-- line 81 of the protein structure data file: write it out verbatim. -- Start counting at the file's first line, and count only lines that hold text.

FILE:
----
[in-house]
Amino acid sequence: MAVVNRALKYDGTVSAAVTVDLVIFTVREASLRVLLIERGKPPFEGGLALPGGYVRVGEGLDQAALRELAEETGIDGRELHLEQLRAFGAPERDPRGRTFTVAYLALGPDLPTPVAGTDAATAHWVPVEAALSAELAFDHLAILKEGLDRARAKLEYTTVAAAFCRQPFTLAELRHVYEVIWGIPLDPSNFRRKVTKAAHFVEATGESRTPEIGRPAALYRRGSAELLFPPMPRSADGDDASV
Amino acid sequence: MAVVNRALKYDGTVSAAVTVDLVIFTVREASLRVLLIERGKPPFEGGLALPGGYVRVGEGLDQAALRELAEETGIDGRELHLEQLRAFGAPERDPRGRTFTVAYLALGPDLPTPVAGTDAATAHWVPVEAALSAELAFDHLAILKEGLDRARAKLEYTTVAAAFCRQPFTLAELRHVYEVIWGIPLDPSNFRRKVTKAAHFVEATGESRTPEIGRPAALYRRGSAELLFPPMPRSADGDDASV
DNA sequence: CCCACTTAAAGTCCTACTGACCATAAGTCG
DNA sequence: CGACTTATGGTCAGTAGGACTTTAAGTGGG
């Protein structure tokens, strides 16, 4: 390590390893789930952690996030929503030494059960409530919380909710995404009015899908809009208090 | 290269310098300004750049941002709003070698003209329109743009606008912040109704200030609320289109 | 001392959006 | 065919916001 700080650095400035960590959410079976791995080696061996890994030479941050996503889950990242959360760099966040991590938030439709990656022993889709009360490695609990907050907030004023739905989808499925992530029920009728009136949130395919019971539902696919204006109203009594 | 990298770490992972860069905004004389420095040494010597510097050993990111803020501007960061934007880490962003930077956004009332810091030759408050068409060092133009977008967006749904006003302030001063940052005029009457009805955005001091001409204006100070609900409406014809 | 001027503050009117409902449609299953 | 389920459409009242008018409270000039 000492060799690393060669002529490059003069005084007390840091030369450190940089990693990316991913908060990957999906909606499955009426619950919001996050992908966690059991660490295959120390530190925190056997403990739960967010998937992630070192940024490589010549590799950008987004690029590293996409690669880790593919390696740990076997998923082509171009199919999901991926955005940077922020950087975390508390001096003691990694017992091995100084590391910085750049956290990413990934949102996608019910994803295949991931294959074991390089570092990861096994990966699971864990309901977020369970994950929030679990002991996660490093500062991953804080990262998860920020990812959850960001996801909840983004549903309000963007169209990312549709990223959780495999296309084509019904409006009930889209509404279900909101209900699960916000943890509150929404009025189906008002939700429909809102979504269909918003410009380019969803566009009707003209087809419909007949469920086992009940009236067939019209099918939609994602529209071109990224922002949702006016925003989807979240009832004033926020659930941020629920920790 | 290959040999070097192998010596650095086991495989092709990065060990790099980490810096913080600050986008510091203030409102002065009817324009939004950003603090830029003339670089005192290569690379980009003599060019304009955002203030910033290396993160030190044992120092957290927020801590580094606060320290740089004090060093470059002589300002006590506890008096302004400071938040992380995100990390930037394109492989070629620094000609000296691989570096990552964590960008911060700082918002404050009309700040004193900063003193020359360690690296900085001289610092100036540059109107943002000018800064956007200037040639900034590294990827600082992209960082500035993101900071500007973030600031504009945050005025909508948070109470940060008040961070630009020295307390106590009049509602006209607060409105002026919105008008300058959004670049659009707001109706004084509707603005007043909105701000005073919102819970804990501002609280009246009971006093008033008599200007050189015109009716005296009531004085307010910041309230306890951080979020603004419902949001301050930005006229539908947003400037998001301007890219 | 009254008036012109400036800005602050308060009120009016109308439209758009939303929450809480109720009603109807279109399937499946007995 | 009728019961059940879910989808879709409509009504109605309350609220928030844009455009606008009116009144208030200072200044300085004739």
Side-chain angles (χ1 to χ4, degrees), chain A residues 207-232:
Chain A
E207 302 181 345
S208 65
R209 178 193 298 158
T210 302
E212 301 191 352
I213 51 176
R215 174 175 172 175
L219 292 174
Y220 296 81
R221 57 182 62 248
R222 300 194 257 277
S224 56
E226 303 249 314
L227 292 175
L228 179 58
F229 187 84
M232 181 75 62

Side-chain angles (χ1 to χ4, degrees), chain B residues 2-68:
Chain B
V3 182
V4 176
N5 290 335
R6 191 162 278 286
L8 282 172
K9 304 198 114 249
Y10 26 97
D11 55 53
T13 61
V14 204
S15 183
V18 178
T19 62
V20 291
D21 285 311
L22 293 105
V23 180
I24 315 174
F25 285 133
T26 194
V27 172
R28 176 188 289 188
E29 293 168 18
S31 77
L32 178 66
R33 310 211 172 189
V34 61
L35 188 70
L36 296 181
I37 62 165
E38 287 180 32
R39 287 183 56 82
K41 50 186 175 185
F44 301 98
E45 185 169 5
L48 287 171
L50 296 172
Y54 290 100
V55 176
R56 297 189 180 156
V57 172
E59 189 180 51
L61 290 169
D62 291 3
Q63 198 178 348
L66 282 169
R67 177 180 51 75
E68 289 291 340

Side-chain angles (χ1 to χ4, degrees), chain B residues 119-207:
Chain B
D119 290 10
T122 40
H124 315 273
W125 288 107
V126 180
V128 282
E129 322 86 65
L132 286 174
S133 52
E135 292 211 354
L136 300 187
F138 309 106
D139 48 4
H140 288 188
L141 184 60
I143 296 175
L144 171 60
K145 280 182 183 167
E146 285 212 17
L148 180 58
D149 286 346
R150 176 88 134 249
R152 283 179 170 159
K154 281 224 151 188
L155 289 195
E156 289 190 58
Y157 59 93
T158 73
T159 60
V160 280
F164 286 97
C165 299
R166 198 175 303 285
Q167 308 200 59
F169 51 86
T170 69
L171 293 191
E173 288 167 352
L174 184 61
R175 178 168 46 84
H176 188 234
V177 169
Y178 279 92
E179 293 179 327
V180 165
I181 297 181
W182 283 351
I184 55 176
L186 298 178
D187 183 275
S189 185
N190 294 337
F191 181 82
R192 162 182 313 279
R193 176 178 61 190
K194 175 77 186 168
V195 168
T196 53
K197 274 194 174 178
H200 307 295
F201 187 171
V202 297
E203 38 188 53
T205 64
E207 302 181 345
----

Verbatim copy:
W125 288 107